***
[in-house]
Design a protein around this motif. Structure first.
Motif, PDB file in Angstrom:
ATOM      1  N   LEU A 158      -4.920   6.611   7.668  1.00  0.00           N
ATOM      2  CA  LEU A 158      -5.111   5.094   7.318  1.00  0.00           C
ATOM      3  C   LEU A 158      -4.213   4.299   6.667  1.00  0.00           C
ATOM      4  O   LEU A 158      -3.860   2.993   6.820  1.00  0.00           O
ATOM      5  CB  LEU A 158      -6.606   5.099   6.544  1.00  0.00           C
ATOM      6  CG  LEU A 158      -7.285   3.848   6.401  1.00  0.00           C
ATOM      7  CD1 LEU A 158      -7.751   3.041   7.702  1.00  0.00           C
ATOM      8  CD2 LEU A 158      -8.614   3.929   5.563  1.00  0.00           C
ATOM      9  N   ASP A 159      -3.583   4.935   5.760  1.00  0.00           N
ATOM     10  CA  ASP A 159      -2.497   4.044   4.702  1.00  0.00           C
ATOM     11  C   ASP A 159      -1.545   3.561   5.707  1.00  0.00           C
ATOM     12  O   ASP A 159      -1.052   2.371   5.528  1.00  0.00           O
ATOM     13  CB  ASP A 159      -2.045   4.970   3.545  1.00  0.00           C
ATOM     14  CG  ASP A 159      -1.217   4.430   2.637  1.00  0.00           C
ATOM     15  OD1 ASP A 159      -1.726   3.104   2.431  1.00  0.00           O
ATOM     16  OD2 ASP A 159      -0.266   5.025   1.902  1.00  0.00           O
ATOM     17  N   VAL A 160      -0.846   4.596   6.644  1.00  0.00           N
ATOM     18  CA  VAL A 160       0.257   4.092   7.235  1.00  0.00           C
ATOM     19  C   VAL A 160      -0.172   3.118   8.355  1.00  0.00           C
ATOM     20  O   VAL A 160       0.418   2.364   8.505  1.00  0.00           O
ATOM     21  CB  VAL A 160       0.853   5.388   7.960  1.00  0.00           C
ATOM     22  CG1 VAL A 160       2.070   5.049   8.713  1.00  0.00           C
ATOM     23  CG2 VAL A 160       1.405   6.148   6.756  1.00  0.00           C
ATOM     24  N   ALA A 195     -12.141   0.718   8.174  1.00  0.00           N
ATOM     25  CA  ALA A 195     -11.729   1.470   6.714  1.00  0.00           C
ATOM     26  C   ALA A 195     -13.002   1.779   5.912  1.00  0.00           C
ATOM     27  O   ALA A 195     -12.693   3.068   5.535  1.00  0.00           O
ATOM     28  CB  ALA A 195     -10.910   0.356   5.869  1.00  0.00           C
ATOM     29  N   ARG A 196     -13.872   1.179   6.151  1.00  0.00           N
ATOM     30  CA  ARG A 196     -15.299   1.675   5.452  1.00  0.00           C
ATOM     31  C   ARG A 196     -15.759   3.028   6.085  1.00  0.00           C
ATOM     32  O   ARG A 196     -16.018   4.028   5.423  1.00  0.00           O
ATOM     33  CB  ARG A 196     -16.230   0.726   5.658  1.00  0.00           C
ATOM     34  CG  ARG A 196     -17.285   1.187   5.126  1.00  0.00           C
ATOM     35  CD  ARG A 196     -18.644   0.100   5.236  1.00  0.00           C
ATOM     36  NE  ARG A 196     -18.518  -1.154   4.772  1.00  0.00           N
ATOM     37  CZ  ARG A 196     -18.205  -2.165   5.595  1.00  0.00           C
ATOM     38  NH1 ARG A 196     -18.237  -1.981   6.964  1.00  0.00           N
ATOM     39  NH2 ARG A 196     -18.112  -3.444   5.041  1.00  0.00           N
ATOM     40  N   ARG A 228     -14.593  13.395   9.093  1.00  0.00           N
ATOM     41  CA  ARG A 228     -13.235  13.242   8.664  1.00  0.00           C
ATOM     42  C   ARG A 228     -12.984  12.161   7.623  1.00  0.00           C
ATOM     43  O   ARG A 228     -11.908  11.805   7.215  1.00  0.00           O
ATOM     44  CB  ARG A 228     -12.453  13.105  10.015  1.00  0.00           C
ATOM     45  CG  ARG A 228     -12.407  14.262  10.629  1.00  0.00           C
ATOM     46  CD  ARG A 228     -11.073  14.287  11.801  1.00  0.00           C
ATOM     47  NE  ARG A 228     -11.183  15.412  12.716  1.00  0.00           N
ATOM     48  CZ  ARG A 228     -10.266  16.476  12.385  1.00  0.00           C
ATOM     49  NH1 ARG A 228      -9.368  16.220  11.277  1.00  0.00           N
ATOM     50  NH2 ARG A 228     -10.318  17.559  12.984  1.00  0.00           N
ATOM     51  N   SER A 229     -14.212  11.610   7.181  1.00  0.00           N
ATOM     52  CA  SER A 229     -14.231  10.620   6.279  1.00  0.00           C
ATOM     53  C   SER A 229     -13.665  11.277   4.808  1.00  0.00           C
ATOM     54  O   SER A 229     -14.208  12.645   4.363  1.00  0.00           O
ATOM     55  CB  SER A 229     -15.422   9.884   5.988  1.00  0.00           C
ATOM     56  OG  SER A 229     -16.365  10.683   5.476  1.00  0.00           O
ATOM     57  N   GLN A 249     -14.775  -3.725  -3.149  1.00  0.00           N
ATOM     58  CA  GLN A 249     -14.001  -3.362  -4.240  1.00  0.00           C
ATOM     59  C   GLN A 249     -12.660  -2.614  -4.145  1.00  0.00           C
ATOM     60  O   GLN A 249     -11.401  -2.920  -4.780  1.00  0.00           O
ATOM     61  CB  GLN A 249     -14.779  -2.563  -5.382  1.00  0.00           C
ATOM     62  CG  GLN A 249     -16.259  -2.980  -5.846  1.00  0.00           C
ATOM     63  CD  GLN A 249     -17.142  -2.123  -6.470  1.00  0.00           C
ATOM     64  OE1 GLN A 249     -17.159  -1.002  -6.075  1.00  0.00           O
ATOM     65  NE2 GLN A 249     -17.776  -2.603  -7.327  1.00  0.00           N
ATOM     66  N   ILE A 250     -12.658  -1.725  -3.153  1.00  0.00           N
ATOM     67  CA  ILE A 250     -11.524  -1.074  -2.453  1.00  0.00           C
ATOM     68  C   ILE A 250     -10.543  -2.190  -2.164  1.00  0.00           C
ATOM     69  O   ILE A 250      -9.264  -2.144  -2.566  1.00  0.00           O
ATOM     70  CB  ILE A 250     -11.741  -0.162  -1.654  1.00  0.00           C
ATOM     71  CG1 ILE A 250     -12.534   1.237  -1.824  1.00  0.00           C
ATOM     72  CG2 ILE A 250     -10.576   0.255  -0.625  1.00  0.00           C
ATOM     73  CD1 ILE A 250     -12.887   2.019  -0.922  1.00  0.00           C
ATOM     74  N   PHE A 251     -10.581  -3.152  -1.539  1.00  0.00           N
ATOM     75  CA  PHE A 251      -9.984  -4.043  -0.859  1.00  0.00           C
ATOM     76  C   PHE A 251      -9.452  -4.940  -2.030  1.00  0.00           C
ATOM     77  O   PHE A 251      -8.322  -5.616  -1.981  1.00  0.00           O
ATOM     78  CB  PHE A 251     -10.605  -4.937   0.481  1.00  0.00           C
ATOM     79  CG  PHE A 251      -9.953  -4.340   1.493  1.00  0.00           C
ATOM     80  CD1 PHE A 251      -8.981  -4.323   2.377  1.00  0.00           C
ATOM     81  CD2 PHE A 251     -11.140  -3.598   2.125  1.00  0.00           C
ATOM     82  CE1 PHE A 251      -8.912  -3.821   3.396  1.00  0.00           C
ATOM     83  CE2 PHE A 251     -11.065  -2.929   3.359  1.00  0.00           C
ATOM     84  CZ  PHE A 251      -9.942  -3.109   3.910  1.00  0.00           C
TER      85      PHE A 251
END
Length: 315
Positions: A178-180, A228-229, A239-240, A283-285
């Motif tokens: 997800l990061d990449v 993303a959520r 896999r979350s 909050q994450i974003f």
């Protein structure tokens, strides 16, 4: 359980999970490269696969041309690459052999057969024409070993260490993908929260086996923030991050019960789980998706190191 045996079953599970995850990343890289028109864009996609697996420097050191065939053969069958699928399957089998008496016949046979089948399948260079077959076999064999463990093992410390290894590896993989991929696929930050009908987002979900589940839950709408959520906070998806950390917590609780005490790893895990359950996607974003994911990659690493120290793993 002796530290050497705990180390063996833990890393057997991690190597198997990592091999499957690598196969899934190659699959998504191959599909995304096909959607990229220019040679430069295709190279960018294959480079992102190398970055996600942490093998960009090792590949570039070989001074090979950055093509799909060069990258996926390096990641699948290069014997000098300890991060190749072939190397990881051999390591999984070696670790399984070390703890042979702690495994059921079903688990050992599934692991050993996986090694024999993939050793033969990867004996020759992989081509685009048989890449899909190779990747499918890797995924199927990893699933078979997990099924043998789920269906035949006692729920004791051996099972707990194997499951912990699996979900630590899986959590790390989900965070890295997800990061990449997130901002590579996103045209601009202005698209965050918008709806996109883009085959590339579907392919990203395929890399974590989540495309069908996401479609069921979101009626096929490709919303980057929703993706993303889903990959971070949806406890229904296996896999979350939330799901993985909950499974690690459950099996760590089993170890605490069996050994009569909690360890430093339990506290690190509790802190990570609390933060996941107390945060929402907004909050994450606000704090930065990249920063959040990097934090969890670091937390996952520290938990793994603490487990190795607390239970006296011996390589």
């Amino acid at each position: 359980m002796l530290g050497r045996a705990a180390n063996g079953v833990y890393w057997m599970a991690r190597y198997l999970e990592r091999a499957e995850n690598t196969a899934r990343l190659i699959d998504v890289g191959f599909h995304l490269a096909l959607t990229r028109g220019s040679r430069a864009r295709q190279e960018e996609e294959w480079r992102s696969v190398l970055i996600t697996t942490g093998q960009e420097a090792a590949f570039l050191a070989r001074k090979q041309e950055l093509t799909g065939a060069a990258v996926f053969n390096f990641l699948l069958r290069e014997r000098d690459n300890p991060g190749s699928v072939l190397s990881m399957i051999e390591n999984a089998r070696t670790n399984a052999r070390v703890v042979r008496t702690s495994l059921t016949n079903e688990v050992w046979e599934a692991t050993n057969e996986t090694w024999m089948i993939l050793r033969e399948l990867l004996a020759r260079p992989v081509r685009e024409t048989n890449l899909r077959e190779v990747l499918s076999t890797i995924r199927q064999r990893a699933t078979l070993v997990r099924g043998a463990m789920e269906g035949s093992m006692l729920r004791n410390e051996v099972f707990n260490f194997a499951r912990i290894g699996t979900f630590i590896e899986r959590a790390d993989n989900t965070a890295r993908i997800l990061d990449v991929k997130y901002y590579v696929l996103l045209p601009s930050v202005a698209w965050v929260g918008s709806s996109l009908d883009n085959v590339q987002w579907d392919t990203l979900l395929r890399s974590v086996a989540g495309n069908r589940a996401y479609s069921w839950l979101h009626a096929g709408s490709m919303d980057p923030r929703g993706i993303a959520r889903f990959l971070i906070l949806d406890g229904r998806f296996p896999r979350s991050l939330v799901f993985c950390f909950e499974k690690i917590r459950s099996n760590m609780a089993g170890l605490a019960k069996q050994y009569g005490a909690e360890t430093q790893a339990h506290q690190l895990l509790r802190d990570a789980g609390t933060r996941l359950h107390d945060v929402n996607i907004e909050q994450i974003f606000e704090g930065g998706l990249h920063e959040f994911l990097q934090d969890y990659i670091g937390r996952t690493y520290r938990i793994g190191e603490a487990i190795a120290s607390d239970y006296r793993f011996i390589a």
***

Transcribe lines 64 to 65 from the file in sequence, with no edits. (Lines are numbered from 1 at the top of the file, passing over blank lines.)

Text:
ATOM     61  CB  GLN A 249     -14.779  -2.563  -5.382  1.00  0.00           C
ATOM     62  CG  GLN A 249     -16.259  -2.980  -5.846  1.00  0.00           C